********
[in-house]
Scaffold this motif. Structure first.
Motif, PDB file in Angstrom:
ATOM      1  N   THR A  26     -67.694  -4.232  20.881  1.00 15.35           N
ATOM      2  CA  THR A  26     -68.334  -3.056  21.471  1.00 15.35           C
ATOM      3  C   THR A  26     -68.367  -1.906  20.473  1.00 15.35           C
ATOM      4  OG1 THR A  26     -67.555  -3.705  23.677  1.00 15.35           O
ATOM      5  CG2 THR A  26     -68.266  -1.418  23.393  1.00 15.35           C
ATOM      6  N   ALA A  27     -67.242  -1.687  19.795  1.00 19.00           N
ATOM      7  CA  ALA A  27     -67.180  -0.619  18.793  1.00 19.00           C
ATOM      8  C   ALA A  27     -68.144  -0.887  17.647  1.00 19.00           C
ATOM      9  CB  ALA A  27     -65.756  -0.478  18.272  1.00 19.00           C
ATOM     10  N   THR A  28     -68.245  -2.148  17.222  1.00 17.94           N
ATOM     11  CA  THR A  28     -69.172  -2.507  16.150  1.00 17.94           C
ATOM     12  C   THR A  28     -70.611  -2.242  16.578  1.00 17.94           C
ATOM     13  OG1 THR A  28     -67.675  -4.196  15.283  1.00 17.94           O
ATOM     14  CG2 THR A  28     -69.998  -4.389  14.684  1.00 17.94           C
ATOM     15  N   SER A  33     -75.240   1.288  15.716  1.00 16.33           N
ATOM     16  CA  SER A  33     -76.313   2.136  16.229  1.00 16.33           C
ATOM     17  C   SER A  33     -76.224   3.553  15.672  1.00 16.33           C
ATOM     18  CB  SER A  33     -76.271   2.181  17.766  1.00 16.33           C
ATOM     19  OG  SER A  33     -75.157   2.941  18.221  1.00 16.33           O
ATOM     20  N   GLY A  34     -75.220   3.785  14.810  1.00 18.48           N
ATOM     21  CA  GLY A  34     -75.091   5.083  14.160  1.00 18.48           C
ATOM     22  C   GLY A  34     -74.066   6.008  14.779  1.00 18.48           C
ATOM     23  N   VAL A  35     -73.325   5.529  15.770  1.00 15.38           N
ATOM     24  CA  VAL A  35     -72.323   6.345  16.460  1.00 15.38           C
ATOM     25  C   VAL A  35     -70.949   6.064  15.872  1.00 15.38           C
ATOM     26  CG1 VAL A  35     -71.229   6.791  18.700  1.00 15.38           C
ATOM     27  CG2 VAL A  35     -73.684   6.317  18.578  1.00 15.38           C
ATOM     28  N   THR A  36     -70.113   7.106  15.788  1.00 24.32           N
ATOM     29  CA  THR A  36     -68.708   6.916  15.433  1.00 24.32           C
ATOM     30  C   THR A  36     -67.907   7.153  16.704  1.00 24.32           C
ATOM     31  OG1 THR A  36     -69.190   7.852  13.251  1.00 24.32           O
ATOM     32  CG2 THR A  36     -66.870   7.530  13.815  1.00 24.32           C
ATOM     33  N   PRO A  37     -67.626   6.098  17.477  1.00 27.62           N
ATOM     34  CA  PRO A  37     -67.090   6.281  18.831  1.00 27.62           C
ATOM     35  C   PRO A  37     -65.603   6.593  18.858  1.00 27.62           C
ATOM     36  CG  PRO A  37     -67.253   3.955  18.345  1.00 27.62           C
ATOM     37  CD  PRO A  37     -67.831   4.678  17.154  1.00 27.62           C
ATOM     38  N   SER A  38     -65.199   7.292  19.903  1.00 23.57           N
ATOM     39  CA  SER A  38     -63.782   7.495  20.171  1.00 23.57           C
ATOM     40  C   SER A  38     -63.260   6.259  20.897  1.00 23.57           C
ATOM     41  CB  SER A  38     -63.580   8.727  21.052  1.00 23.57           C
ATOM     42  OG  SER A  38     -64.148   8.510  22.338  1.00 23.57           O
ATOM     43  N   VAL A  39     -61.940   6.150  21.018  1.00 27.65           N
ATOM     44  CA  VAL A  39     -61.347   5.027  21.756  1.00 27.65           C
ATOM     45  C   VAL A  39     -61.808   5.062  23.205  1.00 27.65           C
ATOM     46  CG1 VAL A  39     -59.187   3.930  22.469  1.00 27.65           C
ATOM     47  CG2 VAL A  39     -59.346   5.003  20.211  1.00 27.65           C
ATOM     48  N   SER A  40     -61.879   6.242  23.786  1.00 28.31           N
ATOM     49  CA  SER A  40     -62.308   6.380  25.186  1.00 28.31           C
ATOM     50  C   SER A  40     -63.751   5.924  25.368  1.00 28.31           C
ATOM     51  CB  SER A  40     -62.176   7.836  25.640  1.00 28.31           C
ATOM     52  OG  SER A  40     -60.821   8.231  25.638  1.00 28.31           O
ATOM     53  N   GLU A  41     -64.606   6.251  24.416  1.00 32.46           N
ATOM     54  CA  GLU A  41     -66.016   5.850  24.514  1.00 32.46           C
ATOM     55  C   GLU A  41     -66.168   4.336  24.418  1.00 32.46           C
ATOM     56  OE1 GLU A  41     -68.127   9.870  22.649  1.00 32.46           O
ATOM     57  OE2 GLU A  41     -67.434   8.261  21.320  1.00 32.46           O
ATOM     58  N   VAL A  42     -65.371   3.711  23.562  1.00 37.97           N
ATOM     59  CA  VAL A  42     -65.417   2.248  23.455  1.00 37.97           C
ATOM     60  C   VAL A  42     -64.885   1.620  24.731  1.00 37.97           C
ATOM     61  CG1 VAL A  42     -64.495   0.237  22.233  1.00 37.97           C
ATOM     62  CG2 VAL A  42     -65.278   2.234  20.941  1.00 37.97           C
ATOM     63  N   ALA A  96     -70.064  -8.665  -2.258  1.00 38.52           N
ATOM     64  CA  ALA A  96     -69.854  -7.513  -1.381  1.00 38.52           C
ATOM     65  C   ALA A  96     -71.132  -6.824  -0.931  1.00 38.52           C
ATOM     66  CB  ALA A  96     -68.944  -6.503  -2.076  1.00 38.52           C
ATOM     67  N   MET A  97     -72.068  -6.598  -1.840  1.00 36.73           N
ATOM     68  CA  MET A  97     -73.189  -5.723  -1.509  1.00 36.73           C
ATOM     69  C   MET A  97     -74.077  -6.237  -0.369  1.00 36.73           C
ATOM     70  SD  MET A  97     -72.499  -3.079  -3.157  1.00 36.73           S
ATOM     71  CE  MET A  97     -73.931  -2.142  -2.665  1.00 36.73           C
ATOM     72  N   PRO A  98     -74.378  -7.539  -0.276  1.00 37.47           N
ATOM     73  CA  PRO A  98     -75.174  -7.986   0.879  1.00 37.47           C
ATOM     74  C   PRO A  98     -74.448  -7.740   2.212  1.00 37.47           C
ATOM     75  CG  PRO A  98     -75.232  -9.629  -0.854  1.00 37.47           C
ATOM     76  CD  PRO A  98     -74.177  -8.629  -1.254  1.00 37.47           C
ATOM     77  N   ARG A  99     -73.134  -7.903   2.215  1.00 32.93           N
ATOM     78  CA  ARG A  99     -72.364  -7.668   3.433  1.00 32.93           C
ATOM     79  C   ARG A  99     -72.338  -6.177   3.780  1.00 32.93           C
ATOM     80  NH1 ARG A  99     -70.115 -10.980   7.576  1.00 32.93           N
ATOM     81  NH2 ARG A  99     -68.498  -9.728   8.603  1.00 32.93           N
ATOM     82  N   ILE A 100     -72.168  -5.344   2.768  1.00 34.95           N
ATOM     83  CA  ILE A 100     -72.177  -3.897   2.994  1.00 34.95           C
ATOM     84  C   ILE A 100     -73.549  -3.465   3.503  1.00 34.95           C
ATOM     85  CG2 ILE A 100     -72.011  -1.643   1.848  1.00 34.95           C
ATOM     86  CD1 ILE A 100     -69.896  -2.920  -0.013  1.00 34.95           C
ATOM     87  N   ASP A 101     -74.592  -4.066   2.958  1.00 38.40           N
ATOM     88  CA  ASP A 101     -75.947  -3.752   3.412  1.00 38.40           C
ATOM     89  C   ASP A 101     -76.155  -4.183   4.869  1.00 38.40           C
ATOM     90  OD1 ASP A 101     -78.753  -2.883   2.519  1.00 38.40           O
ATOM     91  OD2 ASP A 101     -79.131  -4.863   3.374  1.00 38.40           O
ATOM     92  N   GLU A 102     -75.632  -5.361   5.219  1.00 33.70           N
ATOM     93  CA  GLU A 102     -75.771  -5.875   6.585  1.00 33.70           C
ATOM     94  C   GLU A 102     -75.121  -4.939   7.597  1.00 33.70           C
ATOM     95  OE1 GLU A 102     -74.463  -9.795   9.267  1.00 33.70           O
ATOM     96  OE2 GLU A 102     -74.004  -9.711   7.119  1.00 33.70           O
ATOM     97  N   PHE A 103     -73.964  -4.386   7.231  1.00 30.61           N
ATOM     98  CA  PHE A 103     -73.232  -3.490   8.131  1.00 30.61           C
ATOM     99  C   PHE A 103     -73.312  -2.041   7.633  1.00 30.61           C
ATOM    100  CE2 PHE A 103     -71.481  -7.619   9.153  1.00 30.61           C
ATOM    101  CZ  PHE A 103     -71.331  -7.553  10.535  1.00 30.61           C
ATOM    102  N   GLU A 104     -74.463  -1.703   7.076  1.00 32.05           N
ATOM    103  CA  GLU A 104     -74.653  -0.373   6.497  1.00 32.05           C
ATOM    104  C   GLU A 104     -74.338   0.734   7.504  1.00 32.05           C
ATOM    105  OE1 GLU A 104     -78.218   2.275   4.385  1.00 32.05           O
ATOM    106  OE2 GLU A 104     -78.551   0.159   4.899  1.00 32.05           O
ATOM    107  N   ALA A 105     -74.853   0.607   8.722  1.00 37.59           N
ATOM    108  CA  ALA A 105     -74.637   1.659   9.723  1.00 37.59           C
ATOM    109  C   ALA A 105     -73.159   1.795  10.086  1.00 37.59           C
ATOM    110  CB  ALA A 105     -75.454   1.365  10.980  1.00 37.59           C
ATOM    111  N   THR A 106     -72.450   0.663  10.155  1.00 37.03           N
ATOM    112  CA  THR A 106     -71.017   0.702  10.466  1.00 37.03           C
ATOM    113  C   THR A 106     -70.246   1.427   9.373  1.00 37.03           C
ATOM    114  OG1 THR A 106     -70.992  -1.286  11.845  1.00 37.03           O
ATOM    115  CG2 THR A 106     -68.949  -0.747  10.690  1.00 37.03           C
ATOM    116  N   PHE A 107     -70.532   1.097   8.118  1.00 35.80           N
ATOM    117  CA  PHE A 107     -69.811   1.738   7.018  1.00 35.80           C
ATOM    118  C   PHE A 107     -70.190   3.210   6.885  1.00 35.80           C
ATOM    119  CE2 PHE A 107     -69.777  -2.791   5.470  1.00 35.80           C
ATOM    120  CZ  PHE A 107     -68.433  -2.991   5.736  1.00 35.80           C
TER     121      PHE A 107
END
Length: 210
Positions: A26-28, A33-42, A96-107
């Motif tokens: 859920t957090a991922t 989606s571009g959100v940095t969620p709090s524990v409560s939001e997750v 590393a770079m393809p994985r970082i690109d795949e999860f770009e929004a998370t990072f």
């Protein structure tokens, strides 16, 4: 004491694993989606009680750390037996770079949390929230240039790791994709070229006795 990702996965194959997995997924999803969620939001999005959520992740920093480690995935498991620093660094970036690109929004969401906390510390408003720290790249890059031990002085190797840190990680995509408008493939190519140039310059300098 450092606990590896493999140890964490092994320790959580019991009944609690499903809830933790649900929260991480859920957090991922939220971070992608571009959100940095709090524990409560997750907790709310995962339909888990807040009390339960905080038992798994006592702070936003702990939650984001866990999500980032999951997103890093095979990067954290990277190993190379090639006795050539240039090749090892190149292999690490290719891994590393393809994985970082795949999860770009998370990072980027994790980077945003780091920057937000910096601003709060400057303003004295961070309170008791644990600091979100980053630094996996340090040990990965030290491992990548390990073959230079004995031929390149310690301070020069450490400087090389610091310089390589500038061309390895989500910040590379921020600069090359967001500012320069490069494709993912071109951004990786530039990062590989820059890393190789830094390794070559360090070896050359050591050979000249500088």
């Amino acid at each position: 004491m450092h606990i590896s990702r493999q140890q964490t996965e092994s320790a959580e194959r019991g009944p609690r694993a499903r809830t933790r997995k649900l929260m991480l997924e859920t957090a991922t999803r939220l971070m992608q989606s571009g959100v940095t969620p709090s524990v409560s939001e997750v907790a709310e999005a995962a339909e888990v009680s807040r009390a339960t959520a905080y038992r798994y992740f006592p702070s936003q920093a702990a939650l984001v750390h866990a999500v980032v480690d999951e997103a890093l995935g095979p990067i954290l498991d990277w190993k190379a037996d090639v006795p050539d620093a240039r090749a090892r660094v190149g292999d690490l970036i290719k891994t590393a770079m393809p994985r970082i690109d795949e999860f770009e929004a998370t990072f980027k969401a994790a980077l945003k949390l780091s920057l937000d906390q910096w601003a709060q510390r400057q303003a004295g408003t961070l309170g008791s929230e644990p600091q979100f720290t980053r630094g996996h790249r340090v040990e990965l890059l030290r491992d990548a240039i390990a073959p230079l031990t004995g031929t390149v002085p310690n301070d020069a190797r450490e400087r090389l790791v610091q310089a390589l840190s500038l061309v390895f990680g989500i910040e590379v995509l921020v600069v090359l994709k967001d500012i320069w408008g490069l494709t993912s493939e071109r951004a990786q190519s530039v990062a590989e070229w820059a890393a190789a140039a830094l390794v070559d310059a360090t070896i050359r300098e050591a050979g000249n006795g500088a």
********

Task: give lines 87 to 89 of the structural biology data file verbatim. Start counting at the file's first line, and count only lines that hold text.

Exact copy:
ATOM     84  C   ILE A 100     -73.549  -3.465   3.503  1.00 34.95           C
ATOM     85  CG2 ILE A 100     -72.011  -1.643   1.848  1.00 34.95           C
ATOM     86  CD1 ILE A 100     -69.896  -2.920  -0.013  1.00 34.95           C